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Figure 2. Deconvoluted ESI-mass spectra of the purified Z domains. (a) Z-OpgY (8353.14); (b) Z-AzF (8340.10); (c) Z-AcF (8341.12); (d) ZpBpa (8403.20). The values in parentheses are the calculated masses of the Z domains when the proteins have an unnatural amino acid at the fifth position. removed from the chromosome via transformation with a pCP20 plasmid encoding FLP recombinase. The deletion of the kanamycin resistance cassette was also confirmed via colony PCR (primers 8 and 9 for argW; primers 10 and 7 for argA). Plasmid Construction. The pEVOL plasmid27 constructed by the Schultz group was used for expressing orthogonal aminoacyl-tRNA synthetase and tRNA pairs following a modification. The plasmid has two copies of aminoacyl-tRNA synthetase genes, one under the araBAD promoter and the other under the gln S promoter, and the latter expression cassette was not used in this study. We observed no difference in levels of aminoacyl-tRNA synthetase expression when using a high concentration of arabinose such as 0.2%. Thus, the codonoptimized synthetic genes of the aminoacyl-tRNA synthetase were cloned under the araBAD promoter using the BglII and SalI sites. The anticodon (CUA) of tRNA in pEVOL was changed into CCU by sitedirected mutagenesis (using primers 11 and 12). We constructed two types of plasmid for expressing model proteins in this study. For the first plasmid, the codon-optimized synthetic gene of the Z domain was cloned in the pQE-80L plasmid using the BamHI and HindIII sites, and then the AGG or TAG site was introduced into the fifth position of the Z domain using site-directed mutagenesis (primers 13 and 14 for AGG; primers 15 and 16 for TAG). The original amino acid was Phe. The second type of plasmid was used to examine multiple-site incorporation of unnatural amino acids. It was constructed by cloning the Z domain gene into pGEX 4T-1 using the EcoRI and XhoI sites (primer 17 and primer 18). Linker sequences, including one to three AGG codons with either a Gly-Ser sequence space (primers 21 and 22 for GST-Z-1AGG, primers 23 and 24 for GST-Z-2AGG, primers 35 and 26 for GST-Z-3AGG) or in tandem (primers 27 and 28 for GSTZ-2tdAGG, primers 29 and 30 for GST-Z-3tdAGG), were annealed, phosphorylated using T4 polynucleotide kinase (3′ phosphatase minus), and then cloned using the BamHI and EcoRI sites. The proS gene for prolyl-tRNA synthetase (ProRS) was amplified from the chromosome of E. coli DH10B using PCR (primer 19 and 20; primer 19 includes a ribosome binding site) and then cloned under the tetracycline inducible promoter of pBbs2K41 using the BglII and BamHI sites. Incorporation of Unnatural Amino Acids into Protein. Three plasmids, one for expression of the orthogonal pairs of aminoacyltRNA synthetase and tRNA, one for the model proteins of the Z domain or GST-Z domain, and one for ProRS, were transformed into E. coli DH10B or BS02 strains. The cells were cultured in LB at 37 °C until OD600 reached ∼0.5, and then 0.2% L-arabinose and 50 nM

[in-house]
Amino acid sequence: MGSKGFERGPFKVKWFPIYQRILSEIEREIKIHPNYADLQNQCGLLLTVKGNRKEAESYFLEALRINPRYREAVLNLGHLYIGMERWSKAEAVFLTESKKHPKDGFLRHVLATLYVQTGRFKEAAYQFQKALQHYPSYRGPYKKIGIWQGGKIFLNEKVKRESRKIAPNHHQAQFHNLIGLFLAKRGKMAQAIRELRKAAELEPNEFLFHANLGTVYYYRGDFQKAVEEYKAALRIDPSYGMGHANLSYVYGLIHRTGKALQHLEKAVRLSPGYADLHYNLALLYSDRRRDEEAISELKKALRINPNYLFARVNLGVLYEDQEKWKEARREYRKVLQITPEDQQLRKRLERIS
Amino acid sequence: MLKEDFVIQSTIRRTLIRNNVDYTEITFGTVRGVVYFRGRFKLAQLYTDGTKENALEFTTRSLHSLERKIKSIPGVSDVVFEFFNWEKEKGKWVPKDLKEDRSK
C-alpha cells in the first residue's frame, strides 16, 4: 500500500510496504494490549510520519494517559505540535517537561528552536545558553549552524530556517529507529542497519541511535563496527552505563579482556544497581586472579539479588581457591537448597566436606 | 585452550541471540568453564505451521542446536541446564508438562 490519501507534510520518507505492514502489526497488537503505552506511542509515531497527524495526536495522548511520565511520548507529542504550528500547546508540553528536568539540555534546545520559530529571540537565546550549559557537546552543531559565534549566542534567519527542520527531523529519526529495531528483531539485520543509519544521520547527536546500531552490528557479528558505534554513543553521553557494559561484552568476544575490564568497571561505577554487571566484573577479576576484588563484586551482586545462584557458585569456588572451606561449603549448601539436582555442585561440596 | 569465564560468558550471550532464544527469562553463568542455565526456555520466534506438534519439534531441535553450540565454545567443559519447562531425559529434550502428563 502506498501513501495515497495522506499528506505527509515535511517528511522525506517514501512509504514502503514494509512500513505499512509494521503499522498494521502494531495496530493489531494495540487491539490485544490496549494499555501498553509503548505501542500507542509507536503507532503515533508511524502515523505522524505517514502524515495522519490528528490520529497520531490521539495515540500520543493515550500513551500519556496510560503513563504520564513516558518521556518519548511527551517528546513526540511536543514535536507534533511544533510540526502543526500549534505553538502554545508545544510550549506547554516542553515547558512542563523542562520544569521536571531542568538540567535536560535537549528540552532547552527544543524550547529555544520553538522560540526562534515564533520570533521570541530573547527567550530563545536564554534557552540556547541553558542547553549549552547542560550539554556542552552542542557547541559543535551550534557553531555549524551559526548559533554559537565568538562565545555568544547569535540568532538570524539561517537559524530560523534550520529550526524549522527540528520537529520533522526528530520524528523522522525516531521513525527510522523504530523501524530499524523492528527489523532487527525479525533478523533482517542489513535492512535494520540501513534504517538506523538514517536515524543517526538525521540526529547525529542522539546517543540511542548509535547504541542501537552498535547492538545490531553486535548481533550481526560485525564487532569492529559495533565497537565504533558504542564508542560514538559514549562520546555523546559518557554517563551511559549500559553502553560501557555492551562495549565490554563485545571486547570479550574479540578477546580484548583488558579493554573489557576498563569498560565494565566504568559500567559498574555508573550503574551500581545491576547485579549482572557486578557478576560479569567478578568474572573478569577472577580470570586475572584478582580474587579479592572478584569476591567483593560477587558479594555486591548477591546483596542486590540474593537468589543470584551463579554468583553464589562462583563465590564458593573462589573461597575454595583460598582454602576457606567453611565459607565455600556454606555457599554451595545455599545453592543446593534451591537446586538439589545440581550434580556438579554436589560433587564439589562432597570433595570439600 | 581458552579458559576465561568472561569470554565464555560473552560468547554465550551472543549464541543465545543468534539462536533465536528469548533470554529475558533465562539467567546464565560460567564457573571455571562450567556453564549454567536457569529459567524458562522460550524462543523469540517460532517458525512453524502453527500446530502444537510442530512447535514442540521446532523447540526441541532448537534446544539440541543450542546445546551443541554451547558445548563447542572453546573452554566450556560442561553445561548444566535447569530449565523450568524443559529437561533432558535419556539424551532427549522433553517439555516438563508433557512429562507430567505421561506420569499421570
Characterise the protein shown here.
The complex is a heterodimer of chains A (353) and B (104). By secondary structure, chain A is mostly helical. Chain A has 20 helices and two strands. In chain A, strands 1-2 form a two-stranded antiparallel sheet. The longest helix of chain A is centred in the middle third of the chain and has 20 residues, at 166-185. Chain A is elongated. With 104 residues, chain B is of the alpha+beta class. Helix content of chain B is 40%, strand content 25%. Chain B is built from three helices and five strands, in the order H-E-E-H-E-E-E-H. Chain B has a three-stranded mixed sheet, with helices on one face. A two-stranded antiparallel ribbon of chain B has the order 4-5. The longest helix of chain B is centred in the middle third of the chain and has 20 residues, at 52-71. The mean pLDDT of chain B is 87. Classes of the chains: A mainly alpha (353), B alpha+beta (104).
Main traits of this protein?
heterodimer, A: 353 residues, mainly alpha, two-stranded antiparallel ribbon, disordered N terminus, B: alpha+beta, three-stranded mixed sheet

Figure 2. The incorporation of OpgY into the AGG codons was confirmed using LC-MS/MS for trypsin-digested GST-Z3AGG (Figure 3c and Table S3). In addition, using the GSTZ fusion protein constructs, we tested the necessity of knocking out the argW gene from the E. coli chromosome for incorporating unnatural amino acids into the AGG codon. When expressed in E. coli DH10B, the masses for proteins in which Arg was incoporated into the AGG codon were detected (compare Figure S10 and S11). The results indicate that the removal of the competitive endogeneous tRNACCUArg improved the incorporation efficiency of OpgY into the AGG codon to the quantitative level. We have proposed and demonstrated a new strategy for the incorporation of unnatural amino acids into proteins. Our method involved reassignment of the AGG sense codon using an orthogonal pair of tRNACCU and an aminoacyl-tRNA synthetase charging the tRNA with the unnatural amino acid. We succeeded in quantitatively incorporating several unnatural amino acids into the AGG sites of the protein. Furthermore, the method worked efficiently for multiple AGG sites, including a tandem sequence of three AGG codons. We expect that our method could be used in combination with existing methods to simultaneously incorporate diverse unnatural amino acids into proteins.